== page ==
The treatment section can have many designs but typically comprises a droplet removal device such as meshes and Chevron demisters. The treatment section can also contain a Venturi scrubber. A Venturi scrubber, for instance as described in WO 2015/002535, comprises one or more tubes with a converging part, a narrow or "throat" part, and typically a diverging part. As the air moves through the throat it is accelerated to a high velocity. A scrubbing fluid in the form of droplets, typically an aqueous solution, is added to the Venturi, usually at the throat, and enters the gas flow. The water droplets used are generally many orders of magnitude larger than the contaminant particles (urea dust) to be collected and, as a consequence, accelerate at a different rate through the Venturi. The differential acceleration causes interactions between the water droplets and the contaminant particles, such that the contaminant particles are collected by the water droplets.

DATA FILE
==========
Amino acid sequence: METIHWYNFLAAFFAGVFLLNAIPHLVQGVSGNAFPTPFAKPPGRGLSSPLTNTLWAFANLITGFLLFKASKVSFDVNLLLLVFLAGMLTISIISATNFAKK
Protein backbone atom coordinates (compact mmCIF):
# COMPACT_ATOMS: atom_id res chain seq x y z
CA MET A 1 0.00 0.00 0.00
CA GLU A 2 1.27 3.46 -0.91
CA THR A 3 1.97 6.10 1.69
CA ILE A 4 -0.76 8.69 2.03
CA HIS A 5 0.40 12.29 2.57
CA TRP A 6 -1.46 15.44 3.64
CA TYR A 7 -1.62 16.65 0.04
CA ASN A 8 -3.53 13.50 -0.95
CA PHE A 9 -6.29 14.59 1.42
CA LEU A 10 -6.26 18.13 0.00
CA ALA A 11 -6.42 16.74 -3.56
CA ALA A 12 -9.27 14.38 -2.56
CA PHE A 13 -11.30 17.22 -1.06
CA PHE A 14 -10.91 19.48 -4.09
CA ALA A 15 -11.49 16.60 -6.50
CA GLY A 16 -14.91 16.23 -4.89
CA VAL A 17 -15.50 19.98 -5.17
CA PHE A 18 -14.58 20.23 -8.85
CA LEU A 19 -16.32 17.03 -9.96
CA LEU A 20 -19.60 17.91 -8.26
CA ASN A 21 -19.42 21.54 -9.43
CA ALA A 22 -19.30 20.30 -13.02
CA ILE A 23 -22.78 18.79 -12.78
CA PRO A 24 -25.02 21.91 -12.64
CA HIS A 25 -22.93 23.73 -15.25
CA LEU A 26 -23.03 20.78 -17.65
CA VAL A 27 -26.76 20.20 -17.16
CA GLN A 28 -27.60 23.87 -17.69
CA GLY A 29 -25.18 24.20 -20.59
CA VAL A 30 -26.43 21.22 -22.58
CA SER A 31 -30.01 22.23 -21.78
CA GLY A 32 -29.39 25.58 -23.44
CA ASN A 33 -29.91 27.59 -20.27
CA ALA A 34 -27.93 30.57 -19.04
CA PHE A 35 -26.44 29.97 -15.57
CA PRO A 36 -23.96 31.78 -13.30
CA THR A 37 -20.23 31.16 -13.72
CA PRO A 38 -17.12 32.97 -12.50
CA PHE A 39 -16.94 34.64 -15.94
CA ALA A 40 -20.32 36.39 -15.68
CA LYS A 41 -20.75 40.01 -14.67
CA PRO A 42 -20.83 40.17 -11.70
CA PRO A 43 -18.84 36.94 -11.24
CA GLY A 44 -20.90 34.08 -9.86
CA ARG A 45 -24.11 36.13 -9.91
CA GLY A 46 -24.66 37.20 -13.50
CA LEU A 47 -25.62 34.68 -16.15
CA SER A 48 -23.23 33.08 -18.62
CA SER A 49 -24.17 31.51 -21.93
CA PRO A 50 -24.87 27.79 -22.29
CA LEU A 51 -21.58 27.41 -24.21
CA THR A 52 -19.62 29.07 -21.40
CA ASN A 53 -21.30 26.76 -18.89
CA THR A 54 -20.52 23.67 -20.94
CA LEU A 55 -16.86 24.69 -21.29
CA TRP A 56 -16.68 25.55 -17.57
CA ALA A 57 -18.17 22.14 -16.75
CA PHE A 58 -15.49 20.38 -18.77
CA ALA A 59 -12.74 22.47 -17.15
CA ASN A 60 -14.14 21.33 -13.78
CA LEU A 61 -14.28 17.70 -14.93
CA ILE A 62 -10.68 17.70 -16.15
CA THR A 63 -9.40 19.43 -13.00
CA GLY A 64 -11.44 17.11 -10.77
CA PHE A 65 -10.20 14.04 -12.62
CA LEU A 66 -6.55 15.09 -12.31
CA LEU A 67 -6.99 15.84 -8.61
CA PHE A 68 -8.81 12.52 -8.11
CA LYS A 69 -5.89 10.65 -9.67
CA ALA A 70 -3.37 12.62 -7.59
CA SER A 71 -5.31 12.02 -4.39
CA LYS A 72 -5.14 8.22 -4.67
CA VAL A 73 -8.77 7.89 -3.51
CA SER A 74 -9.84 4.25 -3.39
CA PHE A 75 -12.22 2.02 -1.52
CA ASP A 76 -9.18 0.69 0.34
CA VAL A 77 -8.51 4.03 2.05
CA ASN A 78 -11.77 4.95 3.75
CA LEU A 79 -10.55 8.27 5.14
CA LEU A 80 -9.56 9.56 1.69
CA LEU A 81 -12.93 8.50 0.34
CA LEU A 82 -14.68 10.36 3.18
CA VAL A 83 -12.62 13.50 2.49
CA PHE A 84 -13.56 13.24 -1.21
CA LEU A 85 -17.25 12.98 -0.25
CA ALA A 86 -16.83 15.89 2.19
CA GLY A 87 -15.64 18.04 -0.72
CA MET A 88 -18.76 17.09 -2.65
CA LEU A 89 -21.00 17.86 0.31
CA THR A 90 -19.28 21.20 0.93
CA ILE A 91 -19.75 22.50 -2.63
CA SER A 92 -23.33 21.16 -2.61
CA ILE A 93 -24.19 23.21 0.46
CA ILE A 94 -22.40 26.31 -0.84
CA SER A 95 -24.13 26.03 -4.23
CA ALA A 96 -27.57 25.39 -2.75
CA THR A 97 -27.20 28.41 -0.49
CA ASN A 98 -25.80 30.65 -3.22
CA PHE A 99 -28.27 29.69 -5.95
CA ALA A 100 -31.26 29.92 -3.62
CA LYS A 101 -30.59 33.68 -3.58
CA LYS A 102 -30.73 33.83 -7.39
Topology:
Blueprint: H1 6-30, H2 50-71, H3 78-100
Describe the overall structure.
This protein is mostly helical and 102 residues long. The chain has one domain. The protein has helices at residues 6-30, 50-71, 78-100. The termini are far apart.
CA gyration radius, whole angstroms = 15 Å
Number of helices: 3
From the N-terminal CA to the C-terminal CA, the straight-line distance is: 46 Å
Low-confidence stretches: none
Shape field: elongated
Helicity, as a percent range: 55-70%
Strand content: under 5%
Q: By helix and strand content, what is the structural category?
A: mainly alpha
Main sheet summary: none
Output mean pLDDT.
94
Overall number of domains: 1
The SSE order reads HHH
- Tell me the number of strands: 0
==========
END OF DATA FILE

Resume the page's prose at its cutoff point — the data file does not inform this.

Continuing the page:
In an example embodiment, the dust removal system comprises a plurality of Venturi ejectors operated in parallel. For instance a MMV-section (micro-mist Venturi) can be used, especially, for granulation) can be used. The MMV-section comprises multiple parallel Venturi tubes. In the MMV-section liquid is sprayed in the throat of each Venturi tube co-current with the gas-flow through single phase nozzles e.g. arranged directly upstream the converging tube part, creating a consistent and adjustable liquid droplet-size, typically in a range of from 50 μπι to 700 μπι. Optionally throat spray counter-currently with the gas-flow is used to control the pressure drop over the Venturi-section, e.g. with nozzles inside the throat.